RBC Capital Markets economist Su-Ling Ong said the most significant threats to the global economy were an escalation in protectionism and further fracturing of the global trade framework, “weakening in the Chinese financial system, assertion of China in the region, and a no deal Brexit.”
Her assessment was shared by Industry Super’s Stephen Anthony who added the biggest volatility risks to the Australian economy through 2020 would be a major fall on Wall Street.
“[This could] trigger a global credit squeeze due to the high indebtedness of market darling stocks in the United States and across Asia,” he said.
AMP Capital’s Shane Oliver said he assumed that the threat of further economic damage from the trade war and the risk of that to President Donald Trump’s re-election campaign next year will drive the US and China to settle their trade differences.
“But this could yet again turn out to be wrong,” he said.
“This would see a further weakening in global growth, leading to reduced export earnings for Australia which would in turn boost unemployment risking another leg down in house prices.”
At home, the panel forecast unemployment to remain stable at 5.2 per cent by June next year, leading not one economist to believe wages are going to get back to their historic growth rate of between 3 and 4 per cent.
The panel forecast a wage price index average growth rate of 2.3 per cent, compared to 1.7 per cent for inflation.
Curtin University’s Rebecca Cassells said high levels of household debt would constrain spending even if wages do tick up.
‘Dead cat bounce’ for housing
That is despite a forecast stabilisation in house prices in Sydney and Melbourne, with most economists predicting both markets will bottom by June, before rising again.
Commonwealth Bank economist Kristina Clifton was more optimistic.
“The stabilisation in house prices will remove a major headwind for households,” she said.
“We expect house prices to stabilise in the second half of 2019 following Reserve Bank interest rate cuts, changes to serviceability metrics and the Coalition election win.
We expect lower interest rates, personal income tax cuts and a stabilisation in house prices will support household consumption in the second half of 2019. “
We expect house prices to stabilise in the second half of 2019 following Reserve Bank interest rate cuts, changes to serviceability metrics and the Coalition election win.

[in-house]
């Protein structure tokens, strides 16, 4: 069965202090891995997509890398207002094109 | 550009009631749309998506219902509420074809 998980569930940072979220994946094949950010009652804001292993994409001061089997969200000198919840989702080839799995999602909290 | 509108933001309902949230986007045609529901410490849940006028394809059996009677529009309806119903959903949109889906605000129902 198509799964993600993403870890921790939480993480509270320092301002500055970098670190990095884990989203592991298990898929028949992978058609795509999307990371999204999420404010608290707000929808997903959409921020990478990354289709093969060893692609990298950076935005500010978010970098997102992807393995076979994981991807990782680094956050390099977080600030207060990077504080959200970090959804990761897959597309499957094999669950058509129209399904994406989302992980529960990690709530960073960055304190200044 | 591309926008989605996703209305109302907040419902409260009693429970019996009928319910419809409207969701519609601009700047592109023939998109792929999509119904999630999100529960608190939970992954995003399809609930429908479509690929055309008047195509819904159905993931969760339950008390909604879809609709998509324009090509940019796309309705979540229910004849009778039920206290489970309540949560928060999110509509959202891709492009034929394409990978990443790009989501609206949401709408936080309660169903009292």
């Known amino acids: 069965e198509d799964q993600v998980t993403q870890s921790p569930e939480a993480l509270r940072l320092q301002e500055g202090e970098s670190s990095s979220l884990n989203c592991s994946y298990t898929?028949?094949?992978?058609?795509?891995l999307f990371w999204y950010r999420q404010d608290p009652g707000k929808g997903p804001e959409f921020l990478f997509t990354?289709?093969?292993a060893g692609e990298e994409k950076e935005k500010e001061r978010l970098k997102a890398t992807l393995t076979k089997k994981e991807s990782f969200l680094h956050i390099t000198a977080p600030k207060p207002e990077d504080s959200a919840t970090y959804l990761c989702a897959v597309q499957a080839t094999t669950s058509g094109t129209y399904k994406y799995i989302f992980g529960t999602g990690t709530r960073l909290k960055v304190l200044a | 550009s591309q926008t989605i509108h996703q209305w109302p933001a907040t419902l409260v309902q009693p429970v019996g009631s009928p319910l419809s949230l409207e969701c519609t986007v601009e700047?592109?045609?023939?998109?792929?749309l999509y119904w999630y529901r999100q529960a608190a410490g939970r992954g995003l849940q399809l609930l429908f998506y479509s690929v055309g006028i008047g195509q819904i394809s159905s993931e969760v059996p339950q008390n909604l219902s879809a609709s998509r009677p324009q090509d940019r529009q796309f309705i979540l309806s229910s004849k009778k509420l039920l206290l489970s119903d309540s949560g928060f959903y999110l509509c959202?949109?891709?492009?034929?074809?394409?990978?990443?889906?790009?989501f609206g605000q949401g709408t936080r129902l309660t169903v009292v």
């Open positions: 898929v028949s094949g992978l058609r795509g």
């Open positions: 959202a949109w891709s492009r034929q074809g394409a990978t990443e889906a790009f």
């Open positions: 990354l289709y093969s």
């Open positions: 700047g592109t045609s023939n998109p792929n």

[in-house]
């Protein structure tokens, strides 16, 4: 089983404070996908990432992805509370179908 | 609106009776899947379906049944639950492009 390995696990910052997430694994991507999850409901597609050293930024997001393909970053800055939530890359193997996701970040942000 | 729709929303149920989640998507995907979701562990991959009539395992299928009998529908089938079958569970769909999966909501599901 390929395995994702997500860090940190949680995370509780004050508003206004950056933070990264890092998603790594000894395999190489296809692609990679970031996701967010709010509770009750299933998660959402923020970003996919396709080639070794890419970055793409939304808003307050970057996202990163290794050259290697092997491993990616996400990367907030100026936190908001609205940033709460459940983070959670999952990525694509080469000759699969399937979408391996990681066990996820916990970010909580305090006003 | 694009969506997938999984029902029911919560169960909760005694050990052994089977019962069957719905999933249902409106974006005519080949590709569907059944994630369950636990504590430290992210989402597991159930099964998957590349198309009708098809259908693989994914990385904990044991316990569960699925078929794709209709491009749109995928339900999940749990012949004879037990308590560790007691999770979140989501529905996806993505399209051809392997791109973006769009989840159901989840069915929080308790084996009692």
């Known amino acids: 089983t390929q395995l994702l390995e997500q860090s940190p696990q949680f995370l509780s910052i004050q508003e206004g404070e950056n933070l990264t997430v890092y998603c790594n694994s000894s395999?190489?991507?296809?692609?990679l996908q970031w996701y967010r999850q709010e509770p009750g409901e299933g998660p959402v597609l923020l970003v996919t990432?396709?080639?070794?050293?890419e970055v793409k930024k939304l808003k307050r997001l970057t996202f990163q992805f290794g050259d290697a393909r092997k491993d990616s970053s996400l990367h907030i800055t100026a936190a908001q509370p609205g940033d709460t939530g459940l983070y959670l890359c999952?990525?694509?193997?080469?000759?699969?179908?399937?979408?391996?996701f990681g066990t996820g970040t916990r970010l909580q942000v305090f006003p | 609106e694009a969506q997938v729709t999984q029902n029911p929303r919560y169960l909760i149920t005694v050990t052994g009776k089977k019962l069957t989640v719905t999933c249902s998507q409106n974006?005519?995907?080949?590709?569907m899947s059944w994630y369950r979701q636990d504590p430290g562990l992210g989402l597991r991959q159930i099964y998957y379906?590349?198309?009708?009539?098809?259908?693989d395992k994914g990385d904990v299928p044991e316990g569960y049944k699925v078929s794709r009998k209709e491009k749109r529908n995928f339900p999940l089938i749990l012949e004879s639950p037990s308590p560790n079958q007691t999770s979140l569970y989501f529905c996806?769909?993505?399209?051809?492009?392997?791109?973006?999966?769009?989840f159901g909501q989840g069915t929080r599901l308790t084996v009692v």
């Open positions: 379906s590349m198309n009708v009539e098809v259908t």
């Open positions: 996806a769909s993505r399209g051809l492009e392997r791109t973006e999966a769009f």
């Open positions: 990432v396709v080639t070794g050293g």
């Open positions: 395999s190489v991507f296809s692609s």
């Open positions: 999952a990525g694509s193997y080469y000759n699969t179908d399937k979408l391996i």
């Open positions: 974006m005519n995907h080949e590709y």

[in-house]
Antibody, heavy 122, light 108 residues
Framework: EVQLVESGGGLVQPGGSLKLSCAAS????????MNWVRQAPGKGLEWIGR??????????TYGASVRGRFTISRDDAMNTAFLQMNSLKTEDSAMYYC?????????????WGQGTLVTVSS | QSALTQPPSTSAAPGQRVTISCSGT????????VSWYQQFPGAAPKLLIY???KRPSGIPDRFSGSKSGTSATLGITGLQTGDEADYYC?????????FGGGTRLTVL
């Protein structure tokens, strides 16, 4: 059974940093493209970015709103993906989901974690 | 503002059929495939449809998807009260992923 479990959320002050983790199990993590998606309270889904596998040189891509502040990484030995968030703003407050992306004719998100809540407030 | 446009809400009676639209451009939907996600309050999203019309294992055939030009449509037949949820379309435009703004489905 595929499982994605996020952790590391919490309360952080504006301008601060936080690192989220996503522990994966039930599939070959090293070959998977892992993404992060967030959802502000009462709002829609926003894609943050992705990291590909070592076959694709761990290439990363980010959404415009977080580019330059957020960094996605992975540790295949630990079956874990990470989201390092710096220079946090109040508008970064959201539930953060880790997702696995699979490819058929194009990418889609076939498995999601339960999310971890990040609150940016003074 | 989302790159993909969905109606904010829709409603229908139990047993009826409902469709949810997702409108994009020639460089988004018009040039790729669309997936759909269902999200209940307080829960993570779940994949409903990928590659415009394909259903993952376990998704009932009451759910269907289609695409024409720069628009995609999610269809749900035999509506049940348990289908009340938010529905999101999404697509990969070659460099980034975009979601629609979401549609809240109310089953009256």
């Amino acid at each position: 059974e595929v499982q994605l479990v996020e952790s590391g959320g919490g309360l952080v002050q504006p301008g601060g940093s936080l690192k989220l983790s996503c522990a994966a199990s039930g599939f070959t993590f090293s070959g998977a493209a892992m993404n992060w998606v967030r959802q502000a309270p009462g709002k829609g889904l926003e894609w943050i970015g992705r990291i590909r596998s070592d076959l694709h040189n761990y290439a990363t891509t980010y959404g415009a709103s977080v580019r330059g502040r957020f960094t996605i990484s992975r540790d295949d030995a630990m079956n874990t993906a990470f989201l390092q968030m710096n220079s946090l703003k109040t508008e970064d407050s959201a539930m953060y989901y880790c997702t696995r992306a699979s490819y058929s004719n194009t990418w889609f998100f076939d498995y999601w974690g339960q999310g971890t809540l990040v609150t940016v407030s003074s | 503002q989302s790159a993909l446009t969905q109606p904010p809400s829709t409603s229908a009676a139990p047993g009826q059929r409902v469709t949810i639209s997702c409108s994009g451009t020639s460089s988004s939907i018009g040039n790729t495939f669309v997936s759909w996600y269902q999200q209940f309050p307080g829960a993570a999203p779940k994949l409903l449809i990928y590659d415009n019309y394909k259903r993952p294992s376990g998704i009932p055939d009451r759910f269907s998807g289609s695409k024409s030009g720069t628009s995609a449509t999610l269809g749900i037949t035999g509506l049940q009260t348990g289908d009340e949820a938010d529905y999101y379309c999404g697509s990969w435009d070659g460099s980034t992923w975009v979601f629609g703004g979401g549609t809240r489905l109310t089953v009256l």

CBA economist Kristina Clifton
However, Mr Anthony, the most recent Scope forecaster of the year, said he believed home prices would continue to fall in 2019 and into 2020. Mr Anthony was among only two economists on the panel to correctly forecast the depth of the house price drop in 2018.
Mr Anthony said house prices would be down by 7 per cent in Sydney in the year to June 2020, and 12 per cent in Melbourne.
“We are experiencing a dead cat bounce in the Sydney and Melbourne residential property markets which is unlikely to be sustained as more new supply and new listings hit the market in spring,” he said.
Victoria University’s Janine Dixon doubted whether asset-rich homeowners will increase consumption if they don’t feel that their regular income has increased.
“While prospective new home buyers will feel the pinch when the dream of home-ownership again slips away,” she said.
The sombre outlook will push the central bank to cut rates again, with most economists predicting a fall to 0.75 per cent by December and another five expecting another drop to 0.5 per cent by June.
The unprecedented territory could force the Reserve Bank to consider quantitative easing – pushing more money into the economy – in the event of another economic shock, as conventional monetary policy is exhausted.
Ms Ong said it is likely that the discussion around alternative measures is already taking place behind closed doors at the RBA.
We think the RBA will inevitably be forced to engage in QE when another global shock hits, as it almost certainly will at some point in time
David Plank, ANZ head economist
“Given the resumption of policy easing globally and likelihood of limited policy traction from a lower cash rate, we think it likely that the RBA will need to adopt some alternative measures in the coming years tailored to Australian circumstances,” she said.
Mr Oliver said the low point for the cash rate was likely to be 0.5 per cent and that it was likely to be reached early next year.
“Beyond that point further rate cuts will lose their effectiveness as banks will struggle to pass them on to borrowers, so the focus will shift to other ways to boost the economy,” he said.
“This is likely to be focused on more fiscal easing [tax cuts] which should enable the RBA to avoid quantitative easing but it can’t be ruled out.”
ANZ head economist David Plank said quantitative easing seemed inevitable in the longer term.
“The usual response to a large negative shock to the economy is for the RBA to ease hundreds of basis points. This scope is no longer available,” he said. “We think the RBA will inevitably be forced to engage in QE when another global shock hits, as it almost certainly will at some point in time.”
The panel forecast a more than one-in-four chance of a recession by June next year, with Mr Anthony and the University of Western Australia’s Jacob Madsen putting the odds as high as 65 per cent.
Eryk Bagshaw is an economics correspondent for The Sydney Morning Herald and The Age.
Shane is a senior economics correspondent for The Age and The Sydney Morning Herald.